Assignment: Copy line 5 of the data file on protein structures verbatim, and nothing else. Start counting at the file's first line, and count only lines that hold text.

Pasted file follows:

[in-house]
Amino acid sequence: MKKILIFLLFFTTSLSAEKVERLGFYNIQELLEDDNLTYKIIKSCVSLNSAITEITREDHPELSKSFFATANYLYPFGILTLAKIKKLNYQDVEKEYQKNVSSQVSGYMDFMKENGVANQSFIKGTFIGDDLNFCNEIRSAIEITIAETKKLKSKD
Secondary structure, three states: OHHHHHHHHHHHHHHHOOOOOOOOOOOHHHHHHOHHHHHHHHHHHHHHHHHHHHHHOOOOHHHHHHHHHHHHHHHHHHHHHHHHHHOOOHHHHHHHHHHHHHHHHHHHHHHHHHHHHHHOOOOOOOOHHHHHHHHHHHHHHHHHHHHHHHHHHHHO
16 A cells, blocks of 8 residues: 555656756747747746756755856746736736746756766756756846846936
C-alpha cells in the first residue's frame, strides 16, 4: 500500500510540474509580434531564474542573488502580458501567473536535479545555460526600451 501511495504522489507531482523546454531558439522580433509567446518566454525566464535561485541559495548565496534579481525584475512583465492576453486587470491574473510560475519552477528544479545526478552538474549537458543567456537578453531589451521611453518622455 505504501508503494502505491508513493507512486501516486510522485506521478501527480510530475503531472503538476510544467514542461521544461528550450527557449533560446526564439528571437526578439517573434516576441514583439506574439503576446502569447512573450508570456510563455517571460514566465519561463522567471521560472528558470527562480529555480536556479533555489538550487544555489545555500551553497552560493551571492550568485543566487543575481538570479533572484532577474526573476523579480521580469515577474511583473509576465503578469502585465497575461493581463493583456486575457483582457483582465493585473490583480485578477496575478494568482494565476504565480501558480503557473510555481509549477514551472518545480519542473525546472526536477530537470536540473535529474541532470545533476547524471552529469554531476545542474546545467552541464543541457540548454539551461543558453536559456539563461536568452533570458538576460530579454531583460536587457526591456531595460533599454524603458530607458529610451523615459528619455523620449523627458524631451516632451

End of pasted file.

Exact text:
C-alpha cells in the first residue's frame, strides 16, 4: 500500500510540474509580434531564474542573488502580458501567473536535479545555460526600451 501511495504522489507531482523546454531558439522580433509567446518566454525566464535561485541559495548565496534579481525584475512583465492576453486587470491574473510560475519552477528544479545526478552538474549537458543567456537578453531589451521611453518622455 505504501508503494502505491508513493507512486501516486510522485506521478501527480510530475503531472503538476510544467514542461521544461528550450527557449533560446526564439528571437526578439517573434516576441514583439506574439503576446502569447512573450508570456510563455517571460514566465519561463522567471521560472528558470527562480529555480536556479533555489538550487544555489545555500551553497552560493551571492550568485543566487543575481538570479533572484532577474526573476523579480521580469515577474511583473509576465503578469502585465497575461493581463493583456486575457483582457483582465493585473490583480485578477496575478494568482494565476504565480501558480503557473510555481509549477514551472518545480519542473525546472526536477530537470536540473535529474541532470545533476547524471552529469554531476545542474546545467552541464543541457540548454539551461543558453536559456539563461536568452533570458538576460530579454531583460536587457526591456531595460533599454524603458530607458529610451523615459528619455523620449523627458524631451516632451